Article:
"I suppose Mr. Mappin wasn't present?" she asked, curiously. "I know it is silly in a way, but don't you remember how interested Mr. Fellowes was in that needle? Was Mr. Mappin there?"

"There was no reason why he should be there."

"What witnesses were called?"

"Myself and the porter of Fellowes' apartments, his banker, his doctor--"

"And Al'mah?" she asked, obliquely.

He did not reply at once, but regarded her inquiringly.

"You needn't be afraid to speak about Al'mah," she continued. "I saw something queer at Glencader. Then I asked Tynie, and he told me that--well, all about her and Adrian Fellowes. Was Al'mah there? Did she give evidence?"

"She was there to be called, if necessary," he responded, "but the coroner was very good about it. After the autopsy the authorities said evidence was unnecessary, and--"

"You arranged that, probably?"

"Yes; it was not difficult. They were so stupid--and so kind."

She smoothed out the folds of her dress reflectively, then got up as if with sudden determination, and came near to him. Her face was pale now, and her eyes were greatly troubled.

"Ian," she said, in a low voice, "I don't believe that Adrian Fellowes died a natural death, and I don't believe that he killed himself. He would not have that kind of courage, even in insanity. He could never go insane. He could never care enough about anything to do so. He--did--not--kill--himself. There, I am sure of it. And he did not die a natural death, either."

"Who killed him?" Ian asked, his face becoming more drawn, but his eyes remaining steady and quiet.

She put her hand to her eyes for a moment. "Oh, it all seems so horrible! I've tried to shake it off, and not to think my thoughts, and I came to you to get fresh confidence; but as soon as I saw your face I knew I couldn't have it. I know you are upset too, perhaps not by the same thoughts, but through the same people."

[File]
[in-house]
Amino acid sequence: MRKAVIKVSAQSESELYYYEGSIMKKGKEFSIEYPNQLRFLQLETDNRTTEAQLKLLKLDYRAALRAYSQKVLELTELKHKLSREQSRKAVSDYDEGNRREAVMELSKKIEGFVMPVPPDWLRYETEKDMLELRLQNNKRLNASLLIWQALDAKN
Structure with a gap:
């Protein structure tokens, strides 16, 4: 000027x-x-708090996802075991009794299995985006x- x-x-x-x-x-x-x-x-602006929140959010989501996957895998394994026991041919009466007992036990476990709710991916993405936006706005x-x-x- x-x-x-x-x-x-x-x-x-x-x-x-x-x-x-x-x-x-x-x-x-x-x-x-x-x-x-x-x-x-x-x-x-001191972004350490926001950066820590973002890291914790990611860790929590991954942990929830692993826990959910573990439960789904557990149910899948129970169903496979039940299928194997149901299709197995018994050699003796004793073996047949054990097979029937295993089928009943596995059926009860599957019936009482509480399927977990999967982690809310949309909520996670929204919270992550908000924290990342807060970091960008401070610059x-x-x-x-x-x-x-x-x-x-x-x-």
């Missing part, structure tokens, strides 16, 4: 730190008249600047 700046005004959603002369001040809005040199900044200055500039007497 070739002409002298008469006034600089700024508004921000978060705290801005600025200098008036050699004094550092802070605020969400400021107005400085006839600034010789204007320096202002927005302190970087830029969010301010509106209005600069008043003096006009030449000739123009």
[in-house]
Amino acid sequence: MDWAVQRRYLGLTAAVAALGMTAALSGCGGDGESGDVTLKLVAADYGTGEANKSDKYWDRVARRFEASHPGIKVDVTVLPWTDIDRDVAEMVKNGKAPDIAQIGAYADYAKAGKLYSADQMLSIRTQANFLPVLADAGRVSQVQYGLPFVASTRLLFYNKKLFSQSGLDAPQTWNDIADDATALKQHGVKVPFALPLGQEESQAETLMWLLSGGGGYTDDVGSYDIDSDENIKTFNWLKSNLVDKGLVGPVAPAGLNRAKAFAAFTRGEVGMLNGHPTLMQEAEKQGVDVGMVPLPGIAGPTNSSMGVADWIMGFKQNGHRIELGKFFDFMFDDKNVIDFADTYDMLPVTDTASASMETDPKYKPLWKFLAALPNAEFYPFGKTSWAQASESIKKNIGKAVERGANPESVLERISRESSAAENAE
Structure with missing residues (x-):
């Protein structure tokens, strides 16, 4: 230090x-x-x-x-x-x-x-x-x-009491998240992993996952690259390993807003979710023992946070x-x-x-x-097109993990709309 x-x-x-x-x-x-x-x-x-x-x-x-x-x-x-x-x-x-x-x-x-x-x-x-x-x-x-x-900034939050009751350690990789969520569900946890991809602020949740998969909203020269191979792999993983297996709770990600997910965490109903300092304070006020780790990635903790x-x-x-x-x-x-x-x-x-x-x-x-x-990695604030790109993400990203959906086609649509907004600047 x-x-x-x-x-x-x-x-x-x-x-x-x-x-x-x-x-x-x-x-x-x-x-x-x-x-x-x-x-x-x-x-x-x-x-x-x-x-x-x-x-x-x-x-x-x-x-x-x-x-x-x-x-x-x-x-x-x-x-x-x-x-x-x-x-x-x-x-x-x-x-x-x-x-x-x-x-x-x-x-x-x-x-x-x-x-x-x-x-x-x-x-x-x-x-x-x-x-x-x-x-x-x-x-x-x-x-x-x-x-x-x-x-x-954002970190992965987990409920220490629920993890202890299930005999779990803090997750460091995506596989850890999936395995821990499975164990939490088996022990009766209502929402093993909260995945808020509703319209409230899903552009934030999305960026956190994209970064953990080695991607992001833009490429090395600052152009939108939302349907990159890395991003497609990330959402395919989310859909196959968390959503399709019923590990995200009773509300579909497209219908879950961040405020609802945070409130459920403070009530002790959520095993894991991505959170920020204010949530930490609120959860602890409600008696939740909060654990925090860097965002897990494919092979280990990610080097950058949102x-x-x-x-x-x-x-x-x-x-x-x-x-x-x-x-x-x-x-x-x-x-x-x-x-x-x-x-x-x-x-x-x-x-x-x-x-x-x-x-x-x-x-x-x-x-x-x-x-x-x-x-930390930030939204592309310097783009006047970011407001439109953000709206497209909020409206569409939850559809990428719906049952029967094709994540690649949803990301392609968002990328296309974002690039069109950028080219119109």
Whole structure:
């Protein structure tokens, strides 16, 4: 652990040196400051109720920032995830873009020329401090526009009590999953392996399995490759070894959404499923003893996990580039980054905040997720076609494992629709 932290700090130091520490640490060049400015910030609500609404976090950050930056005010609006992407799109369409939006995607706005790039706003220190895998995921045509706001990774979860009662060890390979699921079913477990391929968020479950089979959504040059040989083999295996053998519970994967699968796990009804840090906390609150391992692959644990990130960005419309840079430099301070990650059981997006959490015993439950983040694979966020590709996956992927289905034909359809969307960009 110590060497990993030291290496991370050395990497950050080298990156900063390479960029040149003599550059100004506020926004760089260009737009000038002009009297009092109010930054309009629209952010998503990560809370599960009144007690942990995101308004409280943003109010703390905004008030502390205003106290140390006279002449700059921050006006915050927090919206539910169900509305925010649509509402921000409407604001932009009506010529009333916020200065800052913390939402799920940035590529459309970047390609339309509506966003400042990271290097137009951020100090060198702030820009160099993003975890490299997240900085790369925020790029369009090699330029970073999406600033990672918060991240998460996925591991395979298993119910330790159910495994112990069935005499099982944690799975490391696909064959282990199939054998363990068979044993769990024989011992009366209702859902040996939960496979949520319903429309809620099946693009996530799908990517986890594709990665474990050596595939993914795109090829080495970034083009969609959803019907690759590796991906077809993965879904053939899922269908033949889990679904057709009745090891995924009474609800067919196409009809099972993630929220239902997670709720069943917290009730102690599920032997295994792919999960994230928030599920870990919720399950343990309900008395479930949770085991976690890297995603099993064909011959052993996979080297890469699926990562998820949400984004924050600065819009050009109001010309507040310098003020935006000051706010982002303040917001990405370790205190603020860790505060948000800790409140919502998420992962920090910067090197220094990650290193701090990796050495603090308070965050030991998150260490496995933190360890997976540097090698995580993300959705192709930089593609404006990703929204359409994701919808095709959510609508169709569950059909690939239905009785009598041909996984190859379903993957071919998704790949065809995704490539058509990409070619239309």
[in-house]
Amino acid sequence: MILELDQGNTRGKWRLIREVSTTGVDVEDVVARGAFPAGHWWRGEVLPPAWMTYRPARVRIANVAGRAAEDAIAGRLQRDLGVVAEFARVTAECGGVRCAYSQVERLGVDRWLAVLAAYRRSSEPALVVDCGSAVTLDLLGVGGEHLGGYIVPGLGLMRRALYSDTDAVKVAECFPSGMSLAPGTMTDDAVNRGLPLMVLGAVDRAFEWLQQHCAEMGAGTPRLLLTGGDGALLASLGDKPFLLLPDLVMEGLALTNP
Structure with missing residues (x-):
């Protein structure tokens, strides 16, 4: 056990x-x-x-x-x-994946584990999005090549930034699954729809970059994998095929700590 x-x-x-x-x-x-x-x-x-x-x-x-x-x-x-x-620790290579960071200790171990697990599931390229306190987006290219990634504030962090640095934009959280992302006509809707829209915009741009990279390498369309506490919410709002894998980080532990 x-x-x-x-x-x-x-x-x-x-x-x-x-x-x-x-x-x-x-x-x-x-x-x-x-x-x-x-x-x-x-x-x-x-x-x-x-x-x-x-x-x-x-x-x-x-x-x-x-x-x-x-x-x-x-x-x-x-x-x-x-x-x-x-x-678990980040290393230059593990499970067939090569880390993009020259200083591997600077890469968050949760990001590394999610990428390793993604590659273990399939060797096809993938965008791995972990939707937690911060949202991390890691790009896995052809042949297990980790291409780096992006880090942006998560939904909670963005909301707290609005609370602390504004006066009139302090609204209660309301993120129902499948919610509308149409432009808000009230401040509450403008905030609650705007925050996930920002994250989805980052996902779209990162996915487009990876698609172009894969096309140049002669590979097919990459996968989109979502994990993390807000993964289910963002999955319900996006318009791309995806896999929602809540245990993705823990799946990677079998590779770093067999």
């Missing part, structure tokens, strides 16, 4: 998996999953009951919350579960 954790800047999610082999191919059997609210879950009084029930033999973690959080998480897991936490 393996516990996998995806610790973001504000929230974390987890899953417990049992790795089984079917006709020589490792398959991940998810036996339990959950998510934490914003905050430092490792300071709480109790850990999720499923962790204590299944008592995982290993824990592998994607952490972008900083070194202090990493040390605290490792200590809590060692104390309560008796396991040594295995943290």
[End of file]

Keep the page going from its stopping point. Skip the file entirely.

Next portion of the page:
"Tell me all you think or know. Be quite frank," he said, heavily. "I will tell you why later. It is essential that you should be wholly frank with me."

"As I have always been. I can't be anything else. Anyhow, I owe you so much that you have the right to ask me what you will.... There it is, the fatal thing," she added.

Her eyes were raised to the red umbrella which had nearly carried her over into the cauldron of the Zambesi Falls.

"No, it is the world that owes me a heavy debt," he responded, gallantly. "I was merely selfish in saving you."

Her eyes filled with tears, which she brushed away with a little laugh.

"Ah, how I wish it was that! I am just mean enough to want you to want me, while I didn't want you. That's the woman, and that's all women, and there's no getting away from it. But still I would rather you had saved me than any one else who wasn't bound, like Tynie, to do so."

"Well, it did seem absurd that you should risk so much to keep a sixpenny umbrella," he rejoined, drily.

"How we play on the surface while there's so much that is wearing our hearts out underneath," she responded, wearily. "Listen, Ian, you know what I mean. Whoever killed Adrian Fellowes, or didn't, I am sure that Jasmine saw him dead. Three nights ago when she fainted and went ill to bed, I stayed with her, slept in the same room, in the bed beside hers. The opiate the doctor gave her was not strong enough, and two or three times she half waked, and--and it was very painful. It made my heart ache, for I knew it wasn't all dreams. I am sure she saw Adrian Fellowes lying dead in his room.... Ian, it is awful, but for some reason she hated him, and she saw him lying dead. If any one knows the truth, you know. Jasmine cares for you--no, no, don't mind my saying it. She didn't care a fig for Mennaval, or any of the others, but she does care for you--cares for you. She oughtn't to, but she does, and she should have married you long ago before Rudyard Byng came. Please don't think I am interfering, Ian. I am not. You never had a better friend than I am. But there's something ghastly wrong. Rudyard is looking like a giant that's had blood-letting, and he never goes near Jasmine, except when some one is with her. It's a bad sign when two people must have some third person about to insulate their self-consciousness and prevent those fatal moments when they have to be just their own selves, and have it out."

"You think there's been trouble between them?" His voice was quite steady, his manner composed.

"I don't think quite that. But there is trouble in that palace. Rudyard is going to South Africa."


The Judgment House - 50/85